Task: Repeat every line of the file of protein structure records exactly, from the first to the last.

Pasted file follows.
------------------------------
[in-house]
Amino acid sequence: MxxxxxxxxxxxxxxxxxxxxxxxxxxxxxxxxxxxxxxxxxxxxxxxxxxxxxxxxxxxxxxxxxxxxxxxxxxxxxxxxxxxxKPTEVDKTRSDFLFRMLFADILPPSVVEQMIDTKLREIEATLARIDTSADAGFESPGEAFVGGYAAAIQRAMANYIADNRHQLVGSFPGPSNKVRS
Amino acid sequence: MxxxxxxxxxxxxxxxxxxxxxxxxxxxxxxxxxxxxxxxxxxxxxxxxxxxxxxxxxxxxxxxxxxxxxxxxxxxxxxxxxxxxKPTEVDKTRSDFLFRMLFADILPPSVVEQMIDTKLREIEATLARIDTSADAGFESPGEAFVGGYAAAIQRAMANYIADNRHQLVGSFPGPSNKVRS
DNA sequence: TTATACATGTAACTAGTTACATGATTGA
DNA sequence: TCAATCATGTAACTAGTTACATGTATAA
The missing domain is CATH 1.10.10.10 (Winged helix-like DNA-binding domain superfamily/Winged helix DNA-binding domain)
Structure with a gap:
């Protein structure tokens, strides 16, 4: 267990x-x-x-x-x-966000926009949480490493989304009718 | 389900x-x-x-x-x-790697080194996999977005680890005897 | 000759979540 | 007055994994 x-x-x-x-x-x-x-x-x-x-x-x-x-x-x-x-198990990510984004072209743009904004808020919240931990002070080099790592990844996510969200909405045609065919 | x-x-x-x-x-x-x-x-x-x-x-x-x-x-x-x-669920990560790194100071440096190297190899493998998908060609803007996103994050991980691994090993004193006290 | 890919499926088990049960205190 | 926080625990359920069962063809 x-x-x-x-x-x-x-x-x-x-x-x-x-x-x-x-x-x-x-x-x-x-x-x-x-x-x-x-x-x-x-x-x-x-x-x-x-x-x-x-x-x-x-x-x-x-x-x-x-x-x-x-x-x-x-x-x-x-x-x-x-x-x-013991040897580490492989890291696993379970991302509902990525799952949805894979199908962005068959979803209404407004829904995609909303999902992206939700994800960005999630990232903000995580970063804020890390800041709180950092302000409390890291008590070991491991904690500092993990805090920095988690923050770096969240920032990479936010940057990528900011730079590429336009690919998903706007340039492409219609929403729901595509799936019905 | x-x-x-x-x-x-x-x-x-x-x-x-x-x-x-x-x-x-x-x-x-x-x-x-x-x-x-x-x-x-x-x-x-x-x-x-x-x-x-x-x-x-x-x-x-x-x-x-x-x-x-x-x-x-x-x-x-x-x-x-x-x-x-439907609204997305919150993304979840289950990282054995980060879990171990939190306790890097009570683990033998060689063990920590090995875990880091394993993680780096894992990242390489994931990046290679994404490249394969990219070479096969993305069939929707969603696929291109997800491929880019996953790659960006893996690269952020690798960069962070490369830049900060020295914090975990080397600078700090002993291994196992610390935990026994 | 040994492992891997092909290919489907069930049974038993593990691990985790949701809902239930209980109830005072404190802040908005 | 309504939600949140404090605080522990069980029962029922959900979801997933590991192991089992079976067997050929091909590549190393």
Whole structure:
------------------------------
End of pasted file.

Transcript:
[in-house]
Amino acid sequence: MxxxxxxxxxxxxxxxxxxxxxxxxxxxxxxxxxxxxxxxxxxxxxxxxxxxxxxxxxxxxxxxxxxxxxxxxxxxxxxxxxxxxKPTEVDKTRSDFLFRMLFADILPPSVVEQMIDTKLREIEATLARIDTSADAGFESPGEAFVGGYAAAIQRAMANYIADNRHQLVGSFPGPSNKVRS
Amino acid sequence: MxxxxxxxxxxxxxxxxxxxxxxxxxxxxxxxxxxxxxxxxxxxxxxxxxxxxxxxxxxxxxxxxxxxxxxxxxxxxxxxxxxxxKPTEVDKTRSDFLFRMLFADILPPSVVEQMIDTKLREIEATLARIDTSADAGFESPGEAFVGGYAAAIQRAMANYIADNRHQLVGSFPGPSNKVRS
DNA sequence: TTATACATGTAACTAGTTACATGATTGA
DNA sequence: TCAATCATGTAACTAGTTACATGTATAA
The missing domain is CATH 1.10.10.10 (Winged helix-like DNA-binding domain superfamily/Winged helix DNA-binding domain)
Structure with a gap:
């Protein structure tokens, strides 16, 4: 267990x-x-x-x-x-966000926009949480490493989304009718 | 389900x-x-x-x-x-790697080194996999977005680890005897 | 000759979540 | 007055994994 x-x-x-x-x-x-x-x-x-x-x-x-x-x-x-x-198990990510984004072209743009904004808020919240931990002070080099790592990844996510969200909405045609065919 | x-x-x-x-x-x-x-x-x-x-x-x-x-x-x-x-669920990560790194100071440096190297190899493998998908060609803007996103994050991980691994090993004193006290 | 890919499926088990049960205190 | 926080625990359920069962063809 x-x-x-x-x-x-x-x-x-x-x-x-x-x-x-x-x-x-x-x-x-x-x-x-x-x-x-x-x-x-x-x-x-x-x-x-x-x-x-x-x-x-x-x-x-x-x-x-x-x-x-x-x-x-x-x-x-x-x-x-x-x-x-013991040897580490492989890291696993379970991302509902990525799952949805894979199908962005068959979803209404407004829904995609909303999902992206939700994800960005999630990232903000995580970063804020890390800041709180950092302000409390890291008590070991491991904690500092993990805090920095988690923050770096969240920032990479936010940057990528900011730079590429336009690919998903706007340039492409219609929403729901595509799936019905 | x-x-x-x-x-x-x-x-x-x-x-x-x-x-x-x-x-x-x-x-x-x-x-x-x-x-x-x-x-x-x-x-x-x-x-x-x-x-x-x-x-x-x-x-x-x-x-x-x-x-x-x-x-x-x-x-x-x-x-x-x-x-x-439907609204997305919150993304979840289950990282054995980060879990171990939190306790890097009570683990033998060689063990920590090995875990880091394993993680780096894992990242390489994931990046290679994404490249394969990219070479096969993305069939929707969603696929291109997800491929880019996953790659960006893996690269952020690798960069962070490369830049900060020295914090975990080397600078700090002993291994196992610390935990026994 | 040994492992891997092909290919489907069930049974038993593990691990985790949701809902239930209980109830005072404190802040908005 | 309504939600949140404090605080522990069980029962029922959900979801997933590991192991089992079976067997050929091909590549190393």
Whole structure: